“Now get back to your mother, before she believes I turned you into a roach. I do not need another mother on my back.”
* * *
The mage left soon after. Borin waved him off. The loud cheer of support swiftly died leaving only the chatter of the night’s insects. The group stared after the man. Only Borin and a handful of others waited until the mage could no longer be seen. Then he too wandered off in the direction of his hut.
He stopped when he reached the bonfire. Borin felt some satisfaction that he could stay awake so late, but he had nothing to do. No one would play. No one even talked. He studied the mage’s gift, the metal leaf by the dying embers. It looked just like the real thing, but it was harder, not like mud at all. Soon, the villagers came in groups of twos and fours to pray to god and made offerings of corn and animals to his baked-mud idols.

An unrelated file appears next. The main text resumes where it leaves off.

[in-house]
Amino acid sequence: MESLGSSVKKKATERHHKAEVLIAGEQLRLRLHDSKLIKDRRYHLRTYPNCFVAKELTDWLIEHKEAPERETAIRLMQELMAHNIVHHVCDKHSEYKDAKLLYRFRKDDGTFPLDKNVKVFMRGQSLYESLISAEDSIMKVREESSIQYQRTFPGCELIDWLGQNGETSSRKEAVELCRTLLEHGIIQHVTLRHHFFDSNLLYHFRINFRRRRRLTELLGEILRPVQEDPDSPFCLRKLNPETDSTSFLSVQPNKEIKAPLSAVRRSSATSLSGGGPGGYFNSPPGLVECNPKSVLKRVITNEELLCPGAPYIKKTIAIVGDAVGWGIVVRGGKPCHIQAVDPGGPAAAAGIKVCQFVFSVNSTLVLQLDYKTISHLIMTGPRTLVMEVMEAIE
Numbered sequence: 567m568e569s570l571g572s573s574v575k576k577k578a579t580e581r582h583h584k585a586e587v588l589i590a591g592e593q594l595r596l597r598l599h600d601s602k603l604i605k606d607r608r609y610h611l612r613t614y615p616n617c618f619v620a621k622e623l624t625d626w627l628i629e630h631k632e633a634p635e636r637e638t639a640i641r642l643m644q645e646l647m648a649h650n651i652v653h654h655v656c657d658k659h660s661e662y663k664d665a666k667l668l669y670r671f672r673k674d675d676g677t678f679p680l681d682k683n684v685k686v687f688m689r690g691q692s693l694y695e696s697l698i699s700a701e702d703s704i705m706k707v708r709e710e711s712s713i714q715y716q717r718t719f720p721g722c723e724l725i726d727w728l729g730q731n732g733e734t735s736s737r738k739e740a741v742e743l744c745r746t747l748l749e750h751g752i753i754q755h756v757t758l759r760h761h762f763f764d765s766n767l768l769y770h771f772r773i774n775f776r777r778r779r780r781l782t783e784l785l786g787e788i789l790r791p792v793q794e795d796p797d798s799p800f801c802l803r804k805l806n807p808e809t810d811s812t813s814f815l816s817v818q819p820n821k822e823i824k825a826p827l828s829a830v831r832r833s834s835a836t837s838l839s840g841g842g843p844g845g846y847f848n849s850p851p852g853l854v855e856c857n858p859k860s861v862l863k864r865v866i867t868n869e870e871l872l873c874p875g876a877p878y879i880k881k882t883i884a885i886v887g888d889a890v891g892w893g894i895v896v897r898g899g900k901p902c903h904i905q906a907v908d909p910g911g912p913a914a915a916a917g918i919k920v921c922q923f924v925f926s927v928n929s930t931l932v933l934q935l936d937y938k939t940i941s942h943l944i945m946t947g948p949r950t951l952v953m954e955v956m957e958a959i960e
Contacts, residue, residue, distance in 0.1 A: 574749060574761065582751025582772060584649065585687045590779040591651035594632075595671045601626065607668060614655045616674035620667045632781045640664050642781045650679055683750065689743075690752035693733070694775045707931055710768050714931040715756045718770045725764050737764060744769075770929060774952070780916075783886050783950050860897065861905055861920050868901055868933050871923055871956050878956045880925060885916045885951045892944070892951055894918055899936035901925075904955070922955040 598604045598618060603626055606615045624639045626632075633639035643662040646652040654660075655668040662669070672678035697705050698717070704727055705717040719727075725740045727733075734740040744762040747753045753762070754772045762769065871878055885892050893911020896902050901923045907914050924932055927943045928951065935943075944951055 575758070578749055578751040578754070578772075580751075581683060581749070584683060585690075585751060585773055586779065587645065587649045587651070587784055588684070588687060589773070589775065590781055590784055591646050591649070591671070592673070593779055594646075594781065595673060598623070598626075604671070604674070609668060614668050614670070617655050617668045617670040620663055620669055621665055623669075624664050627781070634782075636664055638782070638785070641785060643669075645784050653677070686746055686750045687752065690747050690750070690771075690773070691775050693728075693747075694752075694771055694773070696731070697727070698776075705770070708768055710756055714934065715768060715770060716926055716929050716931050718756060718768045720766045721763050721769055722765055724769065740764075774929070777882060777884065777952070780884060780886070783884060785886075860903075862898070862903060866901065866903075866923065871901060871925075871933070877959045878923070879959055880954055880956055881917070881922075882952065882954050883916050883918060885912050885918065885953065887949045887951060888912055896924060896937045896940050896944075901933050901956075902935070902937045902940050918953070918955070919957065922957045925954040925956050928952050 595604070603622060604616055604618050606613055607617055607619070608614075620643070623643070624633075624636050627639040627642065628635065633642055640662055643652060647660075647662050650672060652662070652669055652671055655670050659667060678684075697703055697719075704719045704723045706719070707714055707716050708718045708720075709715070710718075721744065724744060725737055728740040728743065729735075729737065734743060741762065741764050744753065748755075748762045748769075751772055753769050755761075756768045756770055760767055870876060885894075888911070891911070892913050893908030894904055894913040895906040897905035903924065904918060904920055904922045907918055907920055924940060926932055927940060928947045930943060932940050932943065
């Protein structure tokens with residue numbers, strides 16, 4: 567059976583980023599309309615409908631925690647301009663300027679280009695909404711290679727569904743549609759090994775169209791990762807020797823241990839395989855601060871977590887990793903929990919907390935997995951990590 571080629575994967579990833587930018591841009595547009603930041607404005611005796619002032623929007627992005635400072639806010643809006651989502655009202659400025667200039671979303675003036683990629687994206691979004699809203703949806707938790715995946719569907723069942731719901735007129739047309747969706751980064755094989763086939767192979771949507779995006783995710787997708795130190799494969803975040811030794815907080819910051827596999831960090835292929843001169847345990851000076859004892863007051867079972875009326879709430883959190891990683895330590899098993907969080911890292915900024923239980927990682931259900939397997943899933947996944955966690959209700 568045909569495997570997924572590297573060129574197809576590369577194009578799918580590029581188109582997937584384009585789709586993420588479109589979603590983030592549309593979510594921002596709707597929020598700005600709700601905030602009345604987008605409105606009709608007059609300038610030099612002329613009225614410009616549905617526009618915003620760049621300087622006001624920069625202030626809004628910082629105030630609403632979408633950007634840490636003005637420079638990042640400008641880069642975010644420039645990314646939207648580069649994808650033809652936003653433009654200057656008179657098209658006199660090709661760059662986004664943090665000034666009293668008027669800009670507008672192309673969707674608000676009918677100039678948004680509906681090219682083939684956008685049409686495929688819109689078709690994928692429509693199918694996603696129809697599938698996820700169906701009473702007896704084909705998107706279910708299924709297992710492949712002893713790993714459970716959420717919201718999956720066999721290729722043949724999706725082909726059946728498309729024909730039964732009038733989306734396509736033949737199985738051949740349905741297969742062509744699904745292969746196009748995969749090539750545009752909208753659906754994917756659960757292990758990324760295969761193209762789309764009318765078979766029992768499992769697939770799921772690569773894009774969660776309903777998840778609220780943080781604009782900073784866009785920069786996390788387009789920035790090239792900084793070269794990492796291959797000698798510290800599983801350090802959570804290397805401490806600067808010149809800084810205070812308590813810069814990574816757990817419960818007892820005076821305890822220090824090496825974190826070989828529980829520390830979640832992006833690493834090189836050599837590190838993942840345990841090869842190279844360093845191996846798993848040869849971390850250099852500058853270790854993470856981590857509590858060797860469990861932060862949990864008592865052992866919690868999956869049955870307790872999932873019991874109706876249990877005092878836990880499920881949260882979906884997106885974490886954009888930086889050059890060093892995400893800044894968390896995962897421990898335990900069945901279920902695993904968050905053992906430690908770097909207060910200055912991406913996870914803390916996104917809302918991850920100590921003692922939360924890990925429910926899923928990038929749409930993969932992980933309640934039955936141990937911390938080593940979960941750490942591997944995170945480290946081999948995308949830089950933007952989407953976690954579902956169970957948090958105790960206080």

After a while, a desperate cry interrupted the hum of prayer. Borin ran to see what was the matter.
He found a group of boys jostling for a look through the cracks of Middley’s doorway.
“Let us in, you crazy old coot!”
They hammered at the door.
“It’s no good. He’s barred it with crates.”
“What are we going to do?”
Legs and arms thrashed back and forth. Borin approached the boys carefully, spitting out some of the flying mud he had the misfortune to catch.
Tybal looked down.
“He’s gone loony. He’s planning to kill his youngest. She’s the finest of them all!”
The best any of them could do was to watch through an axe-hole someone had made in the door. By the light of all his candles, Borin could see Middley clear as day. He polished a blade to make it clean enough for his task. His eyes were like a frog’s eyes. The girl, Thea, lay on her bed with her eyes open. She seemed calm.
“Why is she not fighting?”
Borin didn’t quite understand why the boys liked Middley’s daughters so much. Sure, they were nice – they liked playing games that didn’t involve thumping him senseless – and he didn’t want to see anyone killed, but the others had always been clawing to get at them.